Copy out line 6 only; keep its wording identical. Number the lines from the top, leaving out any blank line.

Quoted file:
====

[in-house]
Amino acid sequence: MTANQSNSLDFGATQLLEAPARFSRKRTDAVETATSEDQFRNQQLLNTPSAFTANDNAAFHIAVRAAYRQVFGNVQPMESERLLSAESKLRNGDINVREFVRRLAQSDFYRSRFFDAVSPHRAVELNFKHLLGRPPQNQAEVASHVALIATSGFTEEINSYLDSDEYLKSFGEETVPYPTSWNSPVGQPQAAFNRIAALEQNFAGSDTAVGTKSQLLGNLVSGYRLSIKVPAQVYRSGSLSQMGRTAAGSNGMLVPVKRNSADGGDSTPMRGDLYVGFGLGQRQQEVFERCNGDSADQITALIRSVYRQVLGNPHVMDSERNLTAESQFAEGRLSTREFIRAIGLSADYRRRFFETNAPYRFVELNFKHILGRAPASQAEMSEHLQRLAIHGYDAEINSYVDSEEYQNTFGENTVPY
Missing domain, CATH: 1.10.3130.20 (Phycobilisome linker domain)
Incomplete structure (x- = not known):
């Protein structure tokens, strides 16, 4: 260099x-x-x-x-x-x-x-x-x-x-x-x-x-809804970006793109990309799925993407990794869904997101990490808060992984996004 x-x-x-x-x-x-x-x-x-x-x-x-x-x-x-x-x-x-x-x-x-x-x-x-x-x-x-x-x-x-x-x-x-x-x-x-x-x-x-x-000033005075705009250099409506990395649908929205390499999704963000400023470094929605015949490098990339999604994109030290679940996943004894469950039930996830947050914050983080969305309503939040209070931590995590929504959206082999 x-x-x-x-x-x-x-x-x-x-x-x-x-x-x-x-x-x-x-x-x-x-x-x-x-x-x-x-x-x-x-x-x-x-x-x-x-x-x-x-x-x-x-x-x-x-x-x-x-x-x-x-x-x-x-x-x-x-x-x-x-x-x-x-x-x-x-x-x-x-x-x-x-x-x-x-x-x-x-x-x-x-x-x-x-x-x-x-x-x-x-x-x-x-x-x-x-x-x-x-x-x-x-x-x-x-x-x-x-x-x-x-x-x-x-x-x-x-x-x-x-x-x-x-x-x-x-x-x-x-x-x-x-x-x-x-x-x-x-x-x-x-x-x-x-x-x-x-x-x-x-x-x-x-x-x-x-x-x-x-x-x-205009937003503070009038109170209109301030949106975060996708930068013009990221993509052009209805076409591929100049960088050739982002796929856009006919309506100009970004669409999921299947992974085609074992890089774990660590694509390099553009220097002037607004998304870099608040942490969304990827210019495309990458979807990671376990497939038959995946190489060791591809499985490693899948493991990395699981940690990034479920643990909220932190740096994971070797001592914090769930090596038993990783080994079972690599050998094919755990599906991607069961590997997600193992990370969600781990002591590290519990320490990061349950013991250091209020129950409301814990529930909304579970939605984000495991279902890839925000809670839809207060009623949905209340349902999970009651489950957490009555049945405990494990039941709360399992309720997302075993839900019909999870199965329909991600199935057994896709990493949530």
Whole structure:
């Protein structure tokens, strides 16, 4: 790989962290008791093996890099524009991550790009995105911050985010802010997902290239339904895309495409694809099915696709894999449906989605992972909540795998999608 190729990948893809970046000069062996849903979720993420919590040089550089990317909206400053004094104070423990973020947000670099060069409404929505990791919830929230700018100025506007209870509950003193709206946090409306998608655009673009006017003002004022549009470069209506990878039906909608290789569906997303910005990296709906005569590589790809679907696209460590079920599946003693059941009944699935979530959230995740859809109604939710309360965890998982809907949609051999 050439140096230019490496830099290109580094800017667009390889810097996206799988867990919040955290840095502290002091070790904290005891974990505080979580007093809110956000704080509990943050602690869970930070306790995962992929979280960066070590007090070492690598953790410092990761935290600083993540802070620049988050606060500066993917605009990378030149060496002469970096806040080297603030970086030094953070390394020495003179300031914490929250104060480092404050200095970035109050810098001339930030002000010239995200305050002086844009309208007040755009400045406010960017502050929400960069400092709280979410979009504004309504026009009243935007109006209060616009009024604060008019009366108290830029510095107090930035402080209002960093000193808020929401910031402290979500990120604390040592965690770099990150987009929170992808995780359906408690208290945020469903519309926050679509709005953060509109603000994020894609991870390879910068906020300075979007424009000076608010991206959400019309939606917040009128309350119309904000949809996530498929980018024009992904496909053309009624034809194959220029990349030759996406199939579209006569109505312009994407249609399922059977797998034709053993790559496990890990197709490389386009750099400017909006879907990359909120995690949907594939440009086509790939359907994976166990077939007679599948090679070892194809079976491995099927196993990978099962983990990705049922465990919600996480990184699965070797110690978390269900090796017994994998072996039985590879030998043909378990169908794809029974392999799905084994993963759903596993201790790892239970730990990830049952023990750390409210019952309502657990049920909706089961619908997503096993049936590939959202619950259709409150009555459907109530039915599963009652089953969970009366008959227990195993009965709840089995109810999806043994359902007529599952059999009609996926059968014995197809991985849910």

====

Whole structure: